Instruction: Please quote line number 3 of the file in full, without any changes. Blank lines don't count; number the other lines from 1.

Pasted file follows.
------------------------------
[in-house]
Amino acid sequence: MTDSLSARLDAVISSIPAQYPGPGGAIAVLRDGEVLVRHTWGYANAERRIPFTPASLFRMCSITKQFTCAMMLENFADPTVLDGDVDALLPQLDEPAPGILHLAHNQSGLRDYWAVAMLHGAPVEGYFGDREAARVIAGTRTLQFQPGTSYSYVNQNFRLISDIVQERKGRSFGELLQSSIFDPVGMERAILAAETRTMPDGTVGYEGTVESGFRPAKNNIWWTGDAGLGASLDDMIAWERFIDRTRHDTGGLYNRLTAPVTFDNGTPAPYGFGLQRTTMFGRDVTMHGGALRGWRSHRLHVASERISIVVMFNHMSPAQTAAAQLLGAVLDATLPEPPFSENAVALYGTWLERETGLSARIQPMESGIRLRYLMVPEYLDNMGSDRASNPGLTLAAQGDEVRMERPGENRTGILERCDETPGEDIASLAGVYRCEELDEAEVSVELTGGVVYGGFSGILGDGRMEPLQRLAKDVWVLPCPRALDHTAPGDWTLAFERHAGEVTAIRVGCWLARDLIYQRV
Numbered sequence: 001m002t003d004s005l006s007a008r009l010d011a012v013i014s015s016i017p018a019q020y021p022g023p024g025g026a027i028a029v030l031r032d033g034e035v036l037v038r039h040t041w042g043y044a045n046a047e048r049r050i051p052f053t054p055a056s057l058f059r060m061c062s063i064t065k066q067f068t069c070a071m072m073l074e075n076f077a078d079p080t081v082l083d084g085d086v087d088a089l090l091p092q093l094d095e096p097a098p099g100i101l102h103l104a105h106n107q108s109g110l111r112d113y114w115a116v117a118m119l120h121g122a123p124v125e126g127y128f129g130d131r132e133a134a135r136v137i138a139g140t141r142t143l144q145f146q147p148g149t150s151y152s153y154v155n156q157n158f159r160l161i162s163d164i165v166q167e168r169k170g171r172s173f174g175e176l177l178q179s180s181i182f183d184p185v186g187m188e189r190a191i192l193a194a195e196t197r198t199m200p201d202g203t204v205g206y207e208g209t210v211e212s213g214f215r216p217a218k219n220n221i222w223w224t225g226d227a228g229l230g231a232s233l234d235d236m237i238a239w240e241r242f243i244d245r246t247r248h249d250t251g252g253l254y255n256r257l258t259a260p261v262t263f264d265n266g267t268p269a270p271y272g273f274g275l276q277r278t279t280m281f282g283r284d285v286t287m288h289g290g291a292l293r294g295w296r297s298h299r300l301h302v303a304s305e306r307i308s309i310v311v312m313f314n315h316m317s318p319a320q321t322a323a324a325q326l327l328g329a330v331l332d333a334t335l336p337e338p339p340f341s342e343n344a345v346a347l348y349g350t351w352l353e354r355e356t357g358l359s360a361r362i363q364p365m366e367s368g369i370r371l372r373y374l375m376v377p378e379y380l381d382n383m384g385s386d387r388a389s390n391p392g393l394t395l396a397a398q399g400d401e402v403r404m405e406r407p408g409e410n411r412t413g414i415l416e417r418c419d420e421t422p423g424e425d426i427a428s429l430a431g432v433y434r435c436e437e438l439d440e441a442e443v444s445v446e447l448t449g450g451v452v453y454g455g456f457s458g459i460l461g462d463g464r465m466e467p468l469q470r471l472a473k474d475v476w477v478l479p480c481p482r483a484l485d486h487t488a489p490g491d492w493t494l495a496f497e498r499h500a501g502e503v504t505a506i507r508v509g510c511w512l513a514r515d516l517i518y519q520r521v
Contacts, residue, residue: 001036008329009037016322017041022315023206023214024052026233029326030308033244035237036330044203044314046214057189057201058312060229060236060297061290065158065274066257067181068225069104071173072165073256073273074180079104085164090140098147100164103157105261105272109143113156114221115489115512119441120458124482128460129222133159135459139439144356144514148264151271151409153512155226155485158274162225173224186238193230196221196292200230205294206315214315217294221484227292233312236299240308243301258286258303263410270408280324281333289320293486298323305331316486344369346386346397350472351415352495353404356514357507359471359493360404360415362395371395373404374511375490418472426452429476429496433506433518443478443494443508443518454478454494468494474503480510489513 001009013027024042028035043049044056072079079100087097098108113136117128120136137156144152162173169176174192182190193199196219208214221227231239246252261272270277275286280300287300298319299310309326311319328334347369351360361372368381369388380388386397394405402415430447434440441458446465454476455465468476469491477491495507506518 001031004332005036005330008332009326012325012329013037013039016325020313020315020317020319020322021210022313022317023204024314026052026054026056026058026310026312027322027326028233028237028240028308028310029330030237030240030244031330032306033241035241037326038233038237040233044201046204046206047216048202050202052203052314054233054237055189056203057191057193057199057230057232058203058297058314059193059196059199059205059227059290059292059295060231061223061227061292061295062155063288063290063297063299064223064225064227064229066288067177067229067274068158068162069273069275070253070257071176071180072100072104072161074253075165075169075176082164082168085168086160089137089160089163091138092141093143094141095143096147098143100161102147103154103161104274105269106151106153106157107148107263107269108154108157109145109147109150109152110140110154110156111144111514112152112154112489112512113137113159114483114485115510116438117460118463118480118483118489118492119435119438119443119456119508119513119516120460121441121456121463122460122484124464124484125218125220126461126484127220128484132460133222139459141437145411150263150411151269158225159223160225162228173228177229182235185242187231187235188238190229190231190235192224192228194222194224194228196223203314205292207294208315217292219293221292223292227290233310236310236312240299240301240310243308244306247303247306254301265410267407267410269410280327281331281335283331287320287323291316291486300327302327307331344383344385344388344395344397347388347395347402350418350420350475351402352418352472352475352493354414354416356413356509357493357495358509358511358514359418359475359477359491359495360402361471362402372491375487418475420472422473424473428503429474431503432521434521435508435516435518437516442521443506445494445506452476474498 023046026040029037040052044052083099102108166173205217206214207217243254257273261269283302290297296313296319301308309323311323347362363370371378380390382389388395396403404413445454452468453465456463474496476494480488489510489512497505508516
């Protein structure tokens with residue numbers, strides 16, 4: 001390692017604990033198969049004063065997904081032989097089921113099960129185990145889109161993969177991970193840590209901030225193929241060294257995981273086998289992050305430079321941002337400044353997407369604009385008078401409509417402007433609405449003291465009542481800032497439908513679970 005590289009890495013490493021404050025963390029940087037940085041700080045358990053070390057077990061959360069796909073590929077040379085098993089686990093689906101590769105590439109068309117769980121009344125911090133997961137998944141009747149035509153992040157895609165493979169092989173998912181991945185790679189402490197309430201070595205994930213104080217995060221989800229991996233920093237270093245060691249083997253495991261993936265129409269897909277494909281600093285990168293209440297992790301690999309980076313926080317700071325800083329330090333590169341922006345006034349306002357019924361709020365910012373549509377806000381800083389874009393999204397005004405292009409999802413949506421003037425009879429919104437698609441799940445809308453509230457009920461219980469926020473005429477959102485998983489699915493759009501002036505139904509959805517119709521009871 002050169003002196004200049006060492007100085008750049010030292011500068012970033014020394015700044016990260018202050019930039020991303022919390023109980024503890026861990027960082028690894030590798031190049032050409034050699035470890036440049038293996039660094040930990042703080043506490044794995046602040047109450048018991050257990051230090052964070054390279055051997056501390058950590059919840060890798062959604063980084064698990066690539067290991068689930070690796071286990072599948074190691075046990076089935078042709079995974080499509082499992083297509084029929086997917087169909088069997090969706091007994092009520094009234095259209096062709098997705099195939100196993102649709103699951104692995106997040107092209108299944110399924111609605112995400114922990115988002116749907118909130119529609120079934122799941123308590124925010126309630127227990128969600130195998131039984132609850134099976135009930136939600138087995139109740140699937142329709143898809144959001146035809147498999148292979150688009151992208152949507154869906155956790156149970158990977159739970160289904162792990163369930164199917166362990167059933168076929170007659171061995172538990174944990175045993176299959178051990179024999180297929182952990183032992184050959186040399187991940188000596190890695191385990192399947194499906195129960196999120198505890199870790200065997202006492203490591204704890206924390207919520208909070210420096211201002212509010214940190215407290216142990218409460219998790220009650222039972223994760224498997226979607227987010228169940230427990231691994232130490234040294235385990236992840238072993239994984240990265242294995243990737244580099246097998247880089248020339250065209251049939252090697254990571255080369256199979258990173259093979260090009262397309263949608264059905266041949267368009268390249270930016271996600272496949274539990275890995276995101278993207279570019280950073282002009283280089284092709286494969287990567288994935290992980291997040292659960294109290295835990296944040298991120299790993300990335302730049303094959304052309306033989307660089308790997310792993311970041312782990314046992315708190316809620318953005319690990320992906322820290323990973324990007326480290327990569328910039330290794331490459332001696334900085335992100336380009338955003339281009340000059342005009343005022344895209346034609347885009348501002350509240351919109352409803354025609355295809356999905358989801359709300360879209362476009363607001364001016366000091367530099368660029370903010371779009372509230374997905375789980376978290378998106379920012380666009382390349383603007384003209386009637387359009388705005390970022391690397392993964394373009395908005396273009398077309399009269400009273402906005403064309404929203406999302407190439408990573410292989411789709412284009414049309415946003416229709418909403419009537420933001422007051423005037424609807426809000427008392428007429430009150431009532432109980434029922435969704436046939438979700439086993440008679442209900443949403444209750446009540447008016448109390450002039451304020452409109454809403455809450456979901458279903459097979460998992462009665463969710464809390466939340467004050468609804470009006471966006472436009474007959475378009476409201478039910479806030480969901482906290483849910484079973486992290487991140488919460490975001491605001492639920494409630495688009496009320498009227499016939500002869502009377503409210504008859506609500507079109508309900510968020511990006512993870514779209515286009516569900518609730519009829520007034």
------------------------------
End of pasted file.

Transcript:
Numbered sequence: 001m002t003d004s005l006s007a008r009l010d011a012v013i014s015s016i017p018a019q020y021p022g023p024g025g026a027i028a029v030l031r032d033g034e035v036l037v038r039h040t041w042g043y044a045n046a047e048r049r050i051p052f053t054p055a056s057l058f059r060m061c062s063i064t065k066q067f068t069c070a071m072m073l074e075n076f077a078d079p080t081v082l083d084g085d086v087d088a089l090l091p092q093l094d095e096p097a098p099g100i101l102h103l104a105h106n107q108s109g110l111r112d113y114w115a116v117a118m119l120h121g122a123p124v125e126g127y128f129g130d131r132e133a134a135r136v137i138a139g140t141r142t143l144q145f146q147p148g149t150s151y152s153y154v155n156q157n158f159r160l161i162s163d164i165v166q167e168r169k170g171r172s173f174g175e176l177l178q179s180s181i182f183d184p185v186g187m188e189r190a191i192l193a194a195e196t197r198t199m200p201d202g203t204v205g206y207e208g209t210v211e212s213g214f215r216p217a218k219n220n221i222w223w224t225g226d227a228g229l230g231a232s233l234d235d236m237i238a239w240e241r242f243i244d245r246t247r248h249d250t251g252g253l254y255n256r257l258t259a260p261v262t263f264d265n266g267t268p269a270p271y272g273f274g275l276q277r278t279t280m281f282g283r284d285v286t287m288h289g290g291a292l293r294g295w296r297s298h299r300l301h302v303a304s305e306r307i308s309i310v311v312m313f314n315h316m317s318p319a320q321t322a323a324a325q326l327l328g329a330v331l332d333a334t335l336p337e338p339p340f341s342e343n344a345v346a347l348y349g350t351w352l353e354r355e356t357g358l359s360a361r362i363q364p365m366e367s368g369i370r371l372r373y374l375m376v377p378e379y380l381d382n383m384g385s386d387r388a389s390n391p392g393l394t395l396a397a398q399g400d401e402v403r404m405e406r407p408g409e410n411r412t413g414i415l416e417r418c419d420e421t422p423g424e425d426i427a428s429l430a431g432v433y434r435c436e437e438l439d440e441a442e443v444s445v446e447l448t449g450g451v452v453y454g455g456f457s458g459i460l461g462d463g464r465m466e467p468l469q470r471l472a473k474d475v476w477v478l479p480c481p482r483a484l485d486h487t488a489p490g491d492w493t494l495a496f497e498r499h500a501g502e503v504t505a506i507r508v509g510c511w512l513a514r515d516l517i518y519q520r521v